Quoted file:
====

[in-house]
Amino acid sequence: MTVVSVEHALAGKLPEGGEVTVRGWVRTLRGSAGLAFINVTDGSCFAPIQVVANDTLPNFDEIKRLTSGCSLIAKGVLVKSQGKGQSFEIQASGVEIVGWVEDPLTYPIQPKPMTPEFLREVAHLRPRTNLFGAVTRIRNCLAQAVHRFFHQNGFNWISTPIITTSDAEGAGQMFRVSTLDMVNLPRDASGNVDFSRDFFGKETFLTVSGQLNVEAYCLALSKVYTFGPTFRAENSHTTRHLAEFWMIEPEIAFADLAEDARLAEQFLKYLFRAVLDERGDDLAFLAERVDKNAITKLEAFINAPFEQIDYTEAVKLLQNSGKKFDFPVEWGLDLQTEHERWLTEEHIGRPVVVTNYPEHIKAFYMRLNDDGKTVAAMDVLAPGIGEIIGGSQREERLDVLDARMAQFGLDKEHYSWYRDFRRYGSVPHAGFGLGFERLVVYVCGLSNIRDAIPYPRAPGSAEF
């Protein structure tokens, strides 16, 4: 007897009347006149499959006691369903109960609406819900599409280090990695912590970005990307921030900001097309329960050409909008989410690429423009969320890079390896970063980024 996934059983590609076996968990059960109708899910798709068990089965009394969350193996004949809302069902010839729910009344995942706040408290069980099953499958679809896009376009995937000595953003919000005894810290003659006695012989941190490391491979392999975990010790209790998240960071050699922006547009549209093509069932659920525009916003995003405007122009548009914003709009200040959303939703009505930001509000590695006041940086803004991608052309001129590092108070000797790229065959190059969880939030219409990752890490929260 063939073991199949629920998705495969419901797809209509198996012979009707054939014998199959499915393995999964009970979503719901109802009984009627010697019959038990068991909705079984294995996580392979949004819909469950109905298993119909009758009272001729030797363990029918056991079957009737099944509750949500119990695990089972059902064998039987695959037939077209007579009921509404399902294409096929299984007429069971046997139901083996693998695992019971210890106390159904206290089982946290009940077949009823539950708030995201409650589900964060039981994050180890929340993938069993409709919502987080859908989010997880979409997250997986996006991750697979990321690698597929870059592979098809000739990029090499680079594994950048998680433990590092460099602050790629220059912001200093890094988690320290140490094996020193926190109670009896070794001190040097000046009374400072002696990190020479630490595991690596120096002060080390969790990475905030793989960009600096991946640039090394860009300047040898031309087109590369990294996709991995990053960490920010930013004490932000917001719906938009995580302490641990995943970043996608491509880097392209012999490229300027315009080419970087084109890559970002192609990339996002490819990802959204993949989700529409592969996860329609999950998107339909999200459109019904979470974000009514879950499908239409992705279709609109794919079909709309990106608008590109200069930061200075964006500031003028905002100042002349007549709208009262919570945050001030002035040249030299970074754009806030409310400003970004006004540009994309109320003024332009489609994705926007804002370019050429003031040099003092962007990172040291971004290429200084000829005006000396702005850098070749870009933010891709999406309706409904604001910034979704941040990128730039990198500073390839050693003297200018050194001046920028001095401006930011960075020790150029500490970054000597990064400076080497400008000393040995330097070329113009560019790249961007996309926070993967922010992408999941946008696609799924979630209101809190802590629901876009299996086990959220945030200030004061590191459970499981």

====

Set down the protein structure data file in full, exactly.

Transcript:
[in-house]
Amino acid sequence: MTVVSVEHALAGKLPEGGEVTVRGWVRTLRGSAGLAFINVTDGSCFAPIQVVANDTLPNFDEIKRLTSGCSLIAKGVLVKSQGKGQSFEIQASGVEIVGWVEDPLTYPIQPKPMTPEFLREVAHLRPRTNLFGAVTRIRNCLAQAVHRFFHQNGFNWISTPIITTSDAEGAGQMFRVSTLDMVNLPRDASGNVDFSRDFFGKETFLTVSGQLNVEAYCLALSKVYTFGPTFRAENSHTTRHLAEFWMIEPEIAFADLAEDARLAEQFLKYLFRAVLDERGDDLAFLAERVDKNAITKLEAFINAPFEQIDYTEAVKLLQNSGKKFDFPVEWGLDLQTEHERWLTEEHIGRPVVVTNYPEHIKAFYMRLNDDGKTVAAMDVLAPGIGEIIGGSQREERLDVLDARMAQFGLDKEHYSWYRDFRRYGSVPHAGFGLGFERLVVYVCGLSNIRDAIPYPRAPGSAEF
């Protein structure tokens, strides 16, 4: 007897009347006149499959006691369903109960609406819900599409280090990695912590970005990307921030900001097309329960050409909008989410690429423009969320890079390896970063980024 996934059983590609076996968990059960109708899910798709068990089965009394969350193996004949809302069902010839729910009344995942706040408290069980099953499958679809896009376009995937000595953003919000005894810290003659006695012989941190490391491979392999975990010790209790998240960071050699922006547009549209093509069932659920525009916003995003405007122009548009914003709009200040959303939703009505930001509000590695006041940086803004991608052309001129590092108070000797790229065959190059969880939030219409990752890490929260 063939073991199949629920998705495969419901797809209509198996012979009707054939014998199959499915393995999964009970979503719901109802009984009627010697019959038990068991909705079984294995996580392979949004819909469950109905298993119909009758009272001729030797363990029918056991079957009737099944509750949500119990695990089972059902064998039987695959037939077209007579009921509404399902294409096929299984007429069971046997139901083996693998695992019971210890106390159904206290089982946290009940077949009823539950708030995201409650589900964060039981994050180890929340993938069993409709919502987080859908989010997880979409997250997986996006991750697979990321690698597929870059592979098809000739990029090499680079594994950048998680433990590092460099602050790629220059912001200093890094988690320290140490094996020193926190109670009896070794001190040097000046009374400072002696990190020479630490595991690596120096002060080390969790990475905030793989960009600096991946640039090394860009300047040898031309087109590369990294996709991995990053960490920010930013004490932000917001719906938009995580302490641990995943970043996608491509880097392209012999490229300027315009080419970087084109890559970002192609990339996002490819990802959204993949989700529409592969996860329609999950998107339909999200459109019904979470974000009514879950499908239409992705279709609109794919079909709309990106608008590109200069930061200075964006500031003028905002100042002349007549709208009262919570945050001030002035040249030299970074754009806030409310400003970004006004540009994309109320003024332009489609994705926007804002370019050429003031040099003092962007990172040291971004290429200084000829005006000396702005850098070749870009933010891709999406309706409904604001910034979704941040990128730039990198500073390839050693003297200018050194001046920028001095401006930011960075020790150029500490970054000597990064400076080497400008000393040995330097070329113009560019790249961007996309926070993967922010992408999941946008696609799924979630209101809190802590629901876009299996086990959220945030200030004061590191459970499981």